Tammy: Road Trip to Nowhere

Melissa McCarthy and Susan Sarandon in a sad comedy misfire.


Warner Bros

Actors have to work with the physical equipment they've been given, naturally. Melissa McCarthy is a big woman, but her weight has usually been a background element in her performances – it's her nimble comic delivery and buoyant personality that have made her a star.

So it's dispiriting to see her, in Tammy, stooping to play a character who can only be described as a fat slob. The movie's terrible script, a first-time effort by McCarthy and her husband, Ben Falcone, has the titular Tammy lusting after pies and donuts and, in one grotesque bar scene, coquettishly coming on to strangers who reject her out of hand. It's hard to say what's more baffling: that the director – Falcone again, making an unpromising debut in this function as well – gives us so many full-length shots of Tammy waddling around in unflattering getups (black tights at one point), or that McCarthy, also one of the film's producers, approved of his doing so.

The thrust of the plot – something about an urgent need to visit Niagara Falls – is the opposite of very interesting, and the situations in which the blank-slate characters are positioned often have no setup, giving us no idea why they're doing what they do.

The movie begins with Tammy tooling down a highway in her clapped-out Toyota. She hits a deer and then wastes more of our time than necessary conversing with the wounded animal. With her car totaled, Tammy arrives late to her job at a sub-McDonald's burger joint and is promptly fired by her boss (Falcone yet again, making his fourth appearance in a McCarthy movie). Returning home, she finds her husband (Nat Faxon) having dinner with a neighbor (Toni Collette). Why they should be dining thus in the middle of the day is a mystery unexplained. (Wouldn't they be having lunch at this hour?) In any case, although Tammy has hardly caught them in carnal entanglement, she angrily threatens divorce. Faxon and Collette, having been given little in the way of pertinent dialogue, barely react. It's a scene with the awkward limpness of bad improv.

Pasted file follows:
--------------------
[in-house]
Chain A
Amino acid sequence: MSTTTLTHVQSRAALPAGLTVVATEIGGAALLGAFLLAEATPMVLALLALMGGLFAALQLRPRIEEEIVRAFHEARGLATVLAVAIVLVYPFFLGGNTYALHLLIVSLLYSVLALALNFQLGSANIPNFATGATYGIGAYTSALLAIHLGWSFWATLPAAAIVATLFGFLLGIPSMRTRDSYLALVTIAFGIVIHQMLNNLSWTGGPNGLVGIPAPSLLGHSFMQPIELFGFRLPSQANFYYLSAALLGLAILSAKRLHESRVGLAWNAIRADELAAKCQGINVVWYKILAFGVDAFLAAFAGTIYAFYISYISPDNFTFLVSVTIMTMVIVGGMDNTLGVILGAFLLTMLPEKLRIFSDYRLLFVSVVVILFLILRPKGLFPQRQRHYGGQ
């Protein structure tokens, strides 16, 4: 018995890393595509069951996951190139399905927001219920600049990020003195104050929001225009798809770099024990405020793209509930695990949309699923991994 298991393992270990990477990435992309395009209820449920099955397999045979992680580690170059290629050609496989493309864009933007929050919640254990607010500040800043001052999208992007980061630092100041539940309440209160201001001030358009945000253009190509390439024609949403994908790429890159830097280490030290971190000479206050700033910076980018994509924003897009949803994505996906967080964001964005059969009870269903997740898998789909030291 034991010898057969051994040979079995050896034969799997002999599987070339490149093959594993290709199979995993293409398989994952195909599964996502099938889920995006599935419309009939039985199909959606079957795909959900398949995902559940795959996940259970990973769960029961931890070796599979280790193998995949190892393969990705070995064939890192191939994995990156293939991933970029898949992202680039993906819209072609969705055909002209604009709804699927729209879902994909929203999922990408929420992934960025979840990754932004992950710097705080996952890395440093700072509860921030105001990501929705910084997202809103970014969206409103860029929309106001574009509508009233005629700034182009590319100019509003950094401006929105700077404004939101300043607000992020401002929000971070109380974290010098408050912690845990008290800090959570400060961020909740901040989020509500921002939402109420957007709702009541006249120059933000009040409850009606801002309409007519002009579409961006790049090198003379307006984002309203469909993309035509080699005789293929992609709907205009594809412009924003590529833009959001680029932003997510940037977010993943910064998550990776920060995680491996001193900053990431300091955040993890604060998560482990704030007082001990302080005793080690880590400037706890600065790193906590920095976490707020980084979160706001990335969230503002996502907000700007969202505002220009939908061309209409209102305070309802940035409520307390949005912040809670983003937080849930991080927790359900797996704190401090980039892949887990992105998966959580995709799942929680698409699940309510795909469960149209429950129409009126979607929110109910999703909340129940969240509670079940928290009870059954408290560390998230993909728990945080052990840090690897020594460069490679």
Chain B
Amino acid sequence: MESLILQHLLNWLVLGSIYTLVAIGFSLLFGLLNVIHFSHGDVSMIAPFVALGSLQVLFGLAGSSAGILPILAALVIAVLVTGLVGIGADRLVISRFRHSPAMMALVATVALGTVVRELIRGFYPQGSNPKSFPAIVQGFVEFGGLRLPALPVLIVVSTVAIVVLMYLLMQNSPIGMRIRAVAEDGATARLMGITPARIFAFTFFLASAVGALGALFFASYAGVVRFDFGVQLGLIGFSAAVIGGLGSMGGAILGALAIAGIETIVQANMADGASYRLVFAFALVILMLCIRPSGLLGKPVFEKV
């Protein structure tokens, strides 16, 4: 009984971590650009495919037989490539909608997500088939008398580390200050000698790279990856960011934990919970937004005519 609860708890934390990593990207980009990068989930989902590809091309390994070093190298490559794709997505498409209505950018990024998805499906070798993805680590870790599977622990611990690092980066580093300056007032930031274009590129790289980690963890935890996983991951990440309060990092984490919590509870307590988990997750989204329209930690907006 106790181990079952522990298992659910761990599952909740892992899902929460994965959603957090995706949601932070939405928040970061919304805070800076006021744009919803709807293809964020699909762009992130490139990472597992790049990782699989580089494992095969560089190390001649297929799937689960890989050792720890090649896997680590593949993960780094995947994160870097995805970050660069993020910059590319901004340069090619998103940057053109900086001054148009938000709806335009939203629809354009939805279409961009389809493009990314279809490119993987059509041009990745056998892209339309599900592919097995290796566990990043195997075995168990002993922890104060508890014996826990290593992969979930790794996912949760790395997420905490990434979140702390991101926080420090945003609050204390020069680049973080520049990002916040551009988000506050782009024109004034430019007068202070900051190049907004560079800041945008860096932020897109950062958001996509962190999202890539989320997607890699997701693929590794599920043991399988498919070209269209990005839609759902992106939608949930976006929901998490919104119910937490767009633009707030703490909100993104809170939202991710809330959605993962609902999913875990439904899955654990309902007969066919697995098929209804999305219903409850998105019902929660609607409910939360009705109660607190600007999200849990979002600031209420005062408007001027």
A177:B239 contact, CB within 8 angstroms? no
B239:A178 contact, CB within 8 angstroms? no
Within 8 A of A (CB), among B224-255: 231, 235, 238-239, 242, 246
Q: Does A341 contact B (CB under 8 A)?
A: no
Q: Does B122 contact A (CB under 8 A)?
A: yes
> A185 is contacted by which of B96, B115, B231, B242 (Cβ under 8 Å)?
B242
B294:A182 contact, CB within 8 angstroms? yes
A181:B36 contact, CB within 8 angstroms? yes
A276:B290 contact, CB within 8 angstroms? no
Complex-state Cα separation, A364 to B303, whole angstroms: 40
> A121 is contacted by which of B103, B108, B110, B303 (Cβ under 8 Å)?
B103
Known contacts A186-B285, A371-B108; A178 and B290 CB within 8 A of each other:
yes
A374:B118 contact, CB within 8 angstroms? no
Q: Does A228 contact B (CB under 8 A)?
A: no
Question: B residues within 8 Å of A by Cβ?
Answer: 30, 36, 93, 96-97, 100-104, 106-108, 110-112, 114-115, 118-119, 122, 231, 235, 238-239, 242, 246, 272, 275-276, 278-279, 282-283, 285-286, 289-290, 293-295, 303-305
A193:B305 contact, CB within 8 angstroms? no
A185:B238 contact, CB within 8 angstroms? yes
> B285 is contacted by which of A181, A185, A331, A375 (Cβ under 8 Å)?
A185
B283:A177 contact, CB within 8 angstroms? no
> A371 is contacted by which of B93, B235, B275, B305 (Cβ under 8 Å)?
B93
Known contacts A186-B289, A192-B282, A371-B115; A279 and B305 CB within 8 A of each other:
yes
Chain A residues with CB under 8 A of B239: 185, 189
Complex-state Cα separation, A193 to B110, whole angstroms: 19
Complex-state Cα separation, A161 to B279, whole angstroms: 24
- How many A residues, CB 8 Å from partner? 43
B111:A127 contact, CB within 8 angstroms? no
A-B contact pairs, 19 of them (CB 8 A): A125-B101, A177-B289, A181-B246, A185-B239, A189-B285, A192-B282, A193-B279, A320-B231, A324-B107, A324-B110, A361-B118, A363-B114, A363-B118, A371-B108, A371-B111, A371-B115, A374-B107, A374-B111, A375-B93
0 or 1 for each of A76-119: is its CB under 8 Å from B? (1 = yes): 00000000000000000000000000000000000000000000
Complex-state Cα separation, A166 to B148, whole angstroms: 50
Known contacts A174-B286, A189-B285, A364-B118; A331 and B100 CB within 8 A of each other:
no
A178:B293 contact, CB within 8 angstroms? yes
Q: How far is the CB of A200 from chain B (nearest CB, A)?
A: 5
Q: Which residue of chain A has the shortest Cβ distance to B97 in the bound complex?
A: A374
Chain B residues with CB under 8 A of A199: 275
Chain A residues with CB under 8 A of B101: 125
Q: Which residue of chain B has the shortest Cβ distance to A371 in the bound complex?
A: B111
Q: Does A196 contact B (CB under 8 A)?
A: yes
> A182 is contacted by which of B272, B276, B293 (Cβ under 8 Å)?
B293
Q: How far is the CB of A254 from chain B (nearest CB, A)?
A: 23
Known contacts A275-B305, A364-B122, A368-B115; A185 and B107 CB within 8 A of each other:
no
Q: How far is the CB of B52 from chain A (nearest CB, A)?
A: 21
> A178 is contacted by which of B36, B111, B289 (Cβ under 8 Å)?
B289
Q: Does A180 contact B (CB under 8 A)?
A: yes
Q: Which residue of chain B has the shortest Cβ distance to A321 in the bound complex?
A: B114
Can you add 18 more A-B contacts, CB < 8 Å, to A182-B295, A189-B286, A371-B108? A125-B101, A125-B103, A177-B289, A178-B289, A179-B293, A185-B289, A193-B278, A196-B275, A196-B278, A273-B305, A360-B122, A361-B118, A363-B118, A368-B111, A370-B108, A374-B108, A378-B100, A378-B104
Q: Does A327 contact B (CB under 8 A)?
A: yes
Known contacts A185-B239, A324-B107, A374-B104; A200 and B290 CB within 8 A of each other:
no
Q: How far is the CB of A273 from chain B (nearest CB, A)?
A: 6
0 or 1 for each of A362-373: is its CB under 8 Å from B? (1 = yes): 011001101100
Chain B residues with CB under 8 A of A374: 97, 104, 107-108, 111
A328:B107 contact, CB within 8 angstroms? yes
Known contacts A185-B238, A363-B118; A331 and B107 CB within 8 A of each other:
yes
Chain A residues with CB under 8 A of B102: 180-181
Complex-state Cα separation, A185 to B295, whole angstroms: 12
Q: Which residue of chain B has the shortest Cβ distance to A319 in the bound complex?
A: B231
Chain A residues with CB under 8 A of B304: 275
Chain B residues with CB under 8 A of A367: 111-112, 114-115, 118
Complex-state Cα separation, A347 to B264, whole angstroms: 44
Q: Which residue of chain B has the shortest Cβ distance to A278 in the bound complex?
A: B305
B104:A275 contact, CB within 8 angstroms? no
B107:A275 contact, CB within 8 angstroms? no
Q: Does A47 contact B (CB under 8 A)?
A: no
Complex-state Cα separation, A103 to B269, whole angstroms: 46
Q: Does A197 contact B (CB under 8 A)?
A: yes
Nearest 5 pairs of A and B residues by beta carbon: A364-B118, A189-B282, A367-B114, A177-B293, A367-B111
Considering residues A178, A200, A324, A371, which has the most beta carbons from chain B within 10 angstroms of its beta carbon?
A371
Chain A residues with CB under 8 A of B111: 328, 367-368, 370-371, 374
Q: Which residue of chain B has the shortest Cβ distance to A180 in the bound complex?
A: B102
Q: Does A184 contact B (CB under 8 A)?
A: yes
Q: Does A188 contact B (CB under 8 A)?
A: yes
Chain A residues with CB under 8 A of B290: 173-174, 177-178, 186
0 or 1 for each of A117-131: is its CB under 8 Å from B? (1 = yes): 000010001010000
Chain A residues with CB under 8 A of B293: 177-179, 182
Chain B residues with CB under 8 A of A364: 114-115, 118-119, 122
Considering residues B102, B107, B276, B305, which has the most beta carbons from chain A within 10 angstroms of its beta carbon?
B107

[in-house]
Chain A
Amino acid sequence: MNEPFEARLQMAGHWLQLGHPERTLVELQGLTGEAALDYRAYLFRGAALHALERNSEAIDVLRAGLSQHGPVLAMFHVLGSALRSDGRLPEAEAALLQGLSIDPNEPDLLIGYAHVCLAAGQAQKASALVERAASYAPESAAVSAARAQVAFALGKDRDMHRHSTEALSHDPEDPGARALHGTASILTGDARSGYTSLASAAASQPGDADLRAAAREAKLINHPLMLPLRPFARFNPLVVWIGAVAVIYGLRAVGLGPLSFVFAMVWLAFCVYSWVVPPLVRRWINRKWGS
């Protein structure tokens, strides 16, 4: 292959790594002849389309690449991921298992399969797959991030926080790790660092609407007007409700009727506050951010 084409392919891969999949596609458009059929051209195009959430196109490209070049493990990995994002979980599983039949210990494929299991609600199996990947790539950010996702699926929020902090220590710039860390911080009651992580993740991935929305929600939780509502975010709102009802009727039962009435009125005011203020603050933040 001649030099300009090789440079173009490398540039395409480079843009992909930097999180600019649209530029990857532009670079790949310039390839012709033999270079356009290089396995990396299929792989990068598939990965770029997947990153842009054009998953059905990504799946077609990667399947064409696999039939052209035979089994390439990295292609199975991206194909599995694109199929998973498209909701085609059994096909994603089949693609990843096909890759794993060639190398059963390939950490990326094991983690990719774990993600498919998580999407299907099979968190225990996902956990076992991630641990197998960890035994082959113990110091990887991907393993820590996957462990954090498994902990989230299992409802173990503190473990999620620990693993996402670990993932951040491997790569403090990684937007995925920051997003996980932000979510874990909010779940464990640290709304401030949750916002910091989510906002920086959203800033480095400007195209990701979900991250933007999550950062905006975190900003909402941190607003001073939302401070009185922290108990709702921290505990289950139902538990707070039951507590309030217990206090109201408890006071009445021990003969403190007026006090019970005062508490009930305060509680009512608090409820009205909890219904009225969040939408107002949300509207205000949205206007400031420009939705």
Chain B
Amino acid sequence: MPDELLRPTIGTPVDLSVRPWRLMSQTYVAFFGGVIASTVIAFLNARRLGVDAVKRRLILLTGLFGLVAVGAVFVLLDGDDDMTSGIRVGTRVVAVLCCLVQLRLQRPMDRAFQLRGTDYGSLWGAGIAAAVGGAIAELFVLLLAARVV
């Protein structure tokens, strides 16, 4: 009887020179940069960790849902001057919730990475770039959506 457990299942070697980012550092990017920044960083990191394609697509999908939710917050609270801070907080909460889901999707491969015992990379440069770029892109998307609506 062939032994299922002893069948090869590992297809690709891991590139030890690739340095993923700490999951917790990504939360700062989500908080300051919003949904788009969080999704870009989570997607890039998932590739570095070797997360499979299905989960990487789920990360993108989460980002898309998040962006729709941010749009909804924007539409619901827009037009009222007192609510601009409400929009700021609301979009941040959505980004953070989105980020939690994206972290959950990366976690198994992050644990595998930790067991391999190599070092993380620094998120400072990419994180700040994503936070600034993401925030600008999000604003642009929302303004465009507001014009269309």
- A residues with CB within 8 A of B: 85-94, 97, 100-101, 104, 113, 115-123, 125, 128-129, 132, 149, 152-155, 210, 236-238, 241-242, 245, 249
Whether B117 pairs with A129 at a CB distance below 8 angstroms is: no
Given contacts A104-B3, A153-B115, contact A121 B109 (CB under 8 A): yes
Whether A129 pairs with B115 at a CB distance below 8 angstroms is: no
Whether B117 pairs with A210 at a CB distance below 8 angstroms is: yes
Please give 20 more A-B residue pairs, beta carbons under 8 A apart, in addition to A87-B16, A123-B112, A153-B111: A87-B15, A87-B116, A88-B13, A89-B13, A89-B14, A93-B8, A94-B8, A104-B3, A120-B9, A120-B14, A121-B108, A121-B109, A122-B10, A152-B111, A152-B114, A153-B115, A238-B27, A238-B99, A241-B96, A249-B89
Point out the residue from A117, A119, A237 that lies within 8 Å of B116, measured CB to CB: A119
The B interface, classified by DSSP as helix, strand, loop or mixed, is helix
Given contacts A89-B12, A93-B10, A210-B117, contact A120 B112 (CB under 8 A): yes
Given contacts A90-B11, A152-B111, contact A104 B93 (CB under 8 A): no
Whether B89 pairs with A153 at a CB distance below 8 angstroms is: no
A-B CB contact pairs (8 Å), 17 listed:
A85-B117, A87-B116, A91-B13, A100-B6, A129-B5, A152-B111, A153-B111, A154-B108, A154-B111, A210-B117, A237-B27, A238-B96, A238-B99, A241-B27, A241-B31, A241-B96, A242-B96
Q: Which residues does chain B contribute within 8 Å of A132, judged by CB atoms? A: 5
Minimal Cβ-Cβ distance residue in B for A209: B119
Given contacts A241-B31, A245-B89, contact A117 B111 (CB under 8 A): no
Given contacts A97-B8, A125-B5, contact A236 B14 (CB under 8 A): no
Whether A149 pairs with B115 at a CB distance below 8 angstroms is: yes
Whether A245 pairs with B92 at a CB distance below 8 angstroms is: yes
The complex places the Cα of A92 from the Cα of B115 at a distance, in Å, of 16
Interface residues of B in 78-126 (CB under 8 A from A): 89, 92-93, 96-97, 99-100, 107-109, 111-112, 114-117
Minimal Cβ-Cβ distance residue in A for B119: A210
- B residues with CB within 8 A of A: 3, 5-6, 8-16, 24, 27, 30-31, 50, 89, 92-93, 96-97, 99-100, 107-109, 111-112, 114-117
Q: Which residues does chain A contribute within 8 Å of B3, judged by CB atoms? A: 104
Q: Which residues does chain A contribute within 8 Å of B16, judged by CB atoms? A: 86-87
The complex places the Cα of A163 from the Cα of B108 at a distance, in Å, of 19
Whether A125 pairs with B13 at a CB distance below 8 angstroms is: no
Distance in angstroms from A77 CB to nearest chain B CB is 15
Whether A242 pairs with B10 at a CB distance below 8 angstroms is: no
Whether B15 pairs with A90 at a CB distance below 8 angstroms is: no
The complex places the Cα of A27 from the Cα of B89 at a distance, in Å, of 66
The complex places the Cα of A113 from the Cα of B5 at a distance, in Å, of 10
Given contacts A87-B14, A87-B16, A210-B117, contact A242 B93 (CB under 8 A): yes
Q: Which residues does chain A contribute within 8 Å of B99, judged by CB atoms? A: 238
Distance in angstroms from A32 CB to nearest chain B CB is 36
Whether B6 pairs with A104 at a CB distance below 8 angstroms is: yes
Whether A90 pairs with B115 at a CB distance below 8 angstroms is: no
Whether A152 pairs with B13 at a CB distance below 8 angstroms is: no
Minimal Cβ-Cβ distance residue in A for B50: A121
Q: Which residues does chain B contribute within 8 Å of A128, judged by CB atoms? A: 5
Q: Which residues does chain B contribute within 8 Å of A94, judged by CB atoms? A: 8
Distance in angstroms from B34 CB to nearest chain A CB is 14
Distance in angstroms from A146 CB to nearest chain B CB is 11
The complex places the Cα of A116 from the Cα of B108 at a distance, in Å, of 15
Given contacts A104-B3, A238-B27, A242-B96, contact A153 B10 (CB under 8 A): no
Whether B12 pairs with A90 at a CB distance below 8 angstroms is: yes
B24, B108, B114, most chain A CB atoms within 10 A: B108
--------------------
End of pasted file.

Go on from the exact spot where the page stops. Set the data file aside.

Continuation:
Tammy seeks shelter with her mom (Allison Janney), whose house is nearby. There, Tammy's grandmother, Pearl (Susan Sarandon with frizzy white hair), appears out of a back room, announcing her desire to see the aforementioned Niagra Falls. Pearl has money, wheels and whiskey, and she takes Tammy along. Soon they're out on the road, with Tammy driving and both of them drinking heavily as they speed along. Here I'd suggest that it's difficult to sympathize with a character who gets so wasted behind the wheel that she climbs out the window to roll around on the hood of the car (which now appears to be driving itself). The woman is a dangerous idiot.

Before long they come to that bar. After Tammy strikes out with some of the locals, she and Pearl catch the eyes of two other men. The older of these, Earl (Gary Cole), latches onto Pearl, leaving the other, his son Bobby (Mark Duplass), to make quasi-flirty small talk with Tammy. Duplass is the movie's designated love interest, but since he's compelled by the script to project the personality of a bowl of yogurt, his budding passion for Tammy, if it can be called that, never rises above room temperature.

The movie wanders along randomly. There's a strained lakeside Jet Ski bit and a painfully overextended scene in which Tammy attempts to rob a fast-food eatery with a bag over her head. Eventually, she and Pearl connect with Pearl's cousin, a wealthy lesbian named Lenore (Kathy Bates), and Lenore's girlfriend  Susanne (Sandra Oh). They all repair to Lenore's mansion, where a big lesbian garden party ensues. By the time Earl and Bobby turn up out of nowhere, we've lost all hope that this movie will ever even attempt to make sense.

Sarandon and Bates, two classy actors, are slumming here. But then so is McCarthy. She lights up the movie with an occasional smile, and she looks so lovely in a borrowed black dress at one point that we wonder why she felt a need to return to the ancient well of fat-lady gags in search of laughs. It's a drag to see her trapped in a movie this dull and witless. Especially since it's a trap of her own devising.